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Proceedings Paper

Reflective coatings in optical interferometry for in vitro studies of the eardrum
Author(s): Joris J.J. Dirckx; Willem F. Decraemer
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Paper Abstract

Holography and moire topography are very valuable tools for the study of the shape, the deformation, and the vibration of delicate biological structures such as the eardrum. Best results are obtained if the object surface has high diffuse reflectivity, without specular reflections. May biological objects do not have these qualities by nature, so that application of reflective coatings can strongly improve measuring results. In the present paper the optical and mechanical properties of reflective coatings based on bronze powder, white Chinese ink, and magnesium oxide are discussed. Measurements of reflected intensity distribution show that white Chinese ink and MgO have superior optical qualities: they can strongly enhance diffuse reflectivity, while completely suppressing all specular reflections. Electron microscopy shows that these coatings have a layer thickness of 7.5 micrometer and 17 micrometer, respectively. Phase shift moire topography is used to measure the displacement of a thin plastic membrane which is deformed by small static pressures. It is shown that the coatings do not cause deformation artifacts within the measuring resolution of 2.5 micrometers. Application results of in-vitro shape and deformation measurements on coated tympanic membranes are given.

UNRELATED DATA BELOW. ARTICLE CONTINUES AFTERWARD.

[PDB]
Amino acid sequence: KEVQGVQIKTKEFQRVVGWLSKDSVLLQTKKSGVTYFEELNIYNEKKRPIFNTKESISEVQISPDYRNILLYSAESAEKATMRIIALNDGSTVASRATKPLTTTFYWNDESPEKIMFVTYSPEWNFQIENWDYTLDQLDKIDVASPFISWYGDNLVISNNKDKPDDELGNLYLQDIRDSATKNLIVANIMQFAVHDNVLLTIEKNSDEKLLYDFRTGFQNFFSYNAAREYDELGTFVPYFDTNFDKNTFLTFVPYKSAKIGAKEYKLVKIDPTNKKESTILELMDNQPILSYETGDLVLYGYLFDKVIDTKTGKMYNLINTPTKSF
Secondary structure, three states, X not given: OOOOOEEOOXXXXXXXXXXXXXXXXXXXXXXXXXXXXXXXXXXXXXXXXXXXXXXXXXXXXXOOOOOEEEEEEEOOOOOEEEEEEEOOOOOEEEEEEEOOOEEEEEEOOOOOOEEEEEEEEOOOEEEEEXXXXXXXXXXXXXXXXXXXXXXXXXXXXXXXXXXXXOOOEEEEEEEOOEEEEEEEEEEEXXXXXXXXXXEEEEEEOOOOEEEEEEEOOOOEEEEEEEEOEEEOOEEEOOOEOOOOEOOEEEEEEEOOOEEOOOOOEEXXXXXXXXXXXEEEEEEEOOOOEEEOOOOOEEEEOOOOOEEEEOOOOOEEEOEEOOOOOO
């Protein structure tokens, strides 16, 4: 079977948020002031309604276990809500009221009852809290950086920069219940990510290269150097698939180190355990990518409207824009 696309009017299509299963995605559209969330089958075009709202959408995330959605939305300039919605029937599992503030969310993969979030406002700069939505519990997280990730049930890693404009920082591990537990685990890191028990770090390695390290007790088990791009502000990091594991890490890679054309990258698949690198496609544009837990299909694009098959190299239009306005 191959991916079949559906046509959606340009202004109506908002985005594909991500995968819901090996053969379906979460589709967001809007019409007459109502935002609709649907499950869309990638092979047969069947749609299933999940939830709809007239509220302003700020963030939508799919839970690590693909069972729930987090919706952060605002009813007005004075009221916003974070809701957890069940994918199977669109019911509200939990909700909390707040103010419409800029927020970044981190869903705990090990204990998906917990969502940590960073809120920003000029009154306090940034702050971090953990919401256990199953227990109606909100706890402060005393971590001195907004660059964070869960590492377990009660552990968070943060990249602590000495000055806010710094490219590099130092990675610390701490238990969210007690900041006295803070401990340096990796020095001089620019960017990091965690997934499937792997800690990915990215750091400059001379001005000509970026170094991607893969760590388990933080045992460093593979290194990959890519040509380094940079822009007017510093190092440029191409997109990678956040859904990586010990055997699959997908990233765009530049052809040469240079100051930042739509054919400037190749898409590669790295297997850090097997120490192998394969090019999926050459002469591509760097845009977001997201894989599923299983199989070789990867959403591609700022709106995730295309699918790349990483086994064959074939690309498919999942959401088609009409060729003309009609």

Paper Details

Date Published: 11 December 1996
PDF: 9 pages
Proc. SPIE 2927, Optical and Imaging Techniques for Biomonitoring II, (11 December 1996); doi: 10.1117/12.260641
Show Author Affiliations
Joris J.J. Dirckx, Univ. of Antwerp (Belgium)
Willem F. Decraemer, Univ. of Antwerp (Belgium)

Published in SPIE Proceedings Vol. 2927:
Optical and Imaging Techniques for Biomonitoring II
Hans-Jochen Foth; Renato Marchesini; Halina Podbielska M.D., Editor(s)

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